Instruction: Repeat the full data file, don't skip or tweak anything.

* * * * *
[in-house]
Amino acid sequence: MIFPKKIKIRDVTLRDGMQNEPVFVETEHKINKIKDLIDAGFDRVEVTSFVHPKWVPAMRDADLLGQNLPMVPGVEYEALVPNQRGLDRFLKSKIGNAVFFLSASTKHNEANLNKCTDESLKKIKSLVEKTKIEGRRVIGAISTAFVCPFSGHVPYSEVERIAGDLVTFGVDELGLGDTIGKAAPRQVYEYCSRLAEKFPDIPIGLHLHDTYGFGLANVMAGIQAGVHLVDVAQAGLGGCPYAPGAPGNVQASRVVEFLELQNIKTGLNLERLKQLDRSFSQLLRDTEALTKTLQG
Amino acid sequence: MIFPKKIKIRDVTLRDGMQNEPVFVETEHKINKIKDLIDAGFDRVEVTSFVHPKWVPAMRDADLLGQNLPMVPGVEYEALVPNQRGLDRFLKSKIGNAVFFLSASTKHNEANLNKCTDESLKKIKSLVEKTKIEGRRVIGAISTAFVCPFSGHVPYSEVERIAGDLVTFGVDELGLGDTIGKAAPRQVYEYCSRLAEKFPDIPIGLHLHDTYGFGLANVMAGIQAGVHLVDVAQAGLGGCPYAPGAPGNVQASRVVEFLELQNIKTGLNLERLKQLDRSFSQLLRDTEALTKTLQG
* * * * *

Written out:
[in-house]
Amino acid sequence: MIFPKKIKIRDVTLRDGMQNEPVFVETEHKINKIKDLIDAGFDRVEVTSFVHPKWVPAMRDADLLGQNLPMVPGVEYEALVPNQRGLDRFLKSKIGNAVFFLSASTKHNEANLNKCTDESLKKIKSLVEKTKIEGRRVIGAISTAFVCPFSGHVPYSEVERIAGDLVTFGVDELGLGDTIGKAAPRQVYEYCSRLAEKFPDIPIGLHLHDTYGFGLANVMAGIQAGVHLVDVAQAGLGGCPYAPGAPGNVQASRVVEFLELQNIKTGLNLERLKQLDRSFSQLLRDTEALTKTLQG
Amino acid sequence: MIFPKKIKIRDVTLRDGMQNEPVFVETEHKINKIKDLIDAGFDRVEVTSFVHPKWVPAMRDADLLGQNLPMVPGVEYEALVPNQRGLDRFLKSKIGNAVFFLSASTKHNEANLNKCTDESLKKIKSLVEKTKIEGRRVIGAISTAFVCPFSGHVPYSEVERIAGDLVTFGVDELGLGDTIGKAAPRQVYEYCSRLAEKFPDIPIGLHLHDTYGFGLANVMAGIQAGVHLVDVAQAGLGGCPYAPGAPGNVQASRVVEFLELQNIKTGLNLERLKQLDRSFSQLLRDTEALTKTLQG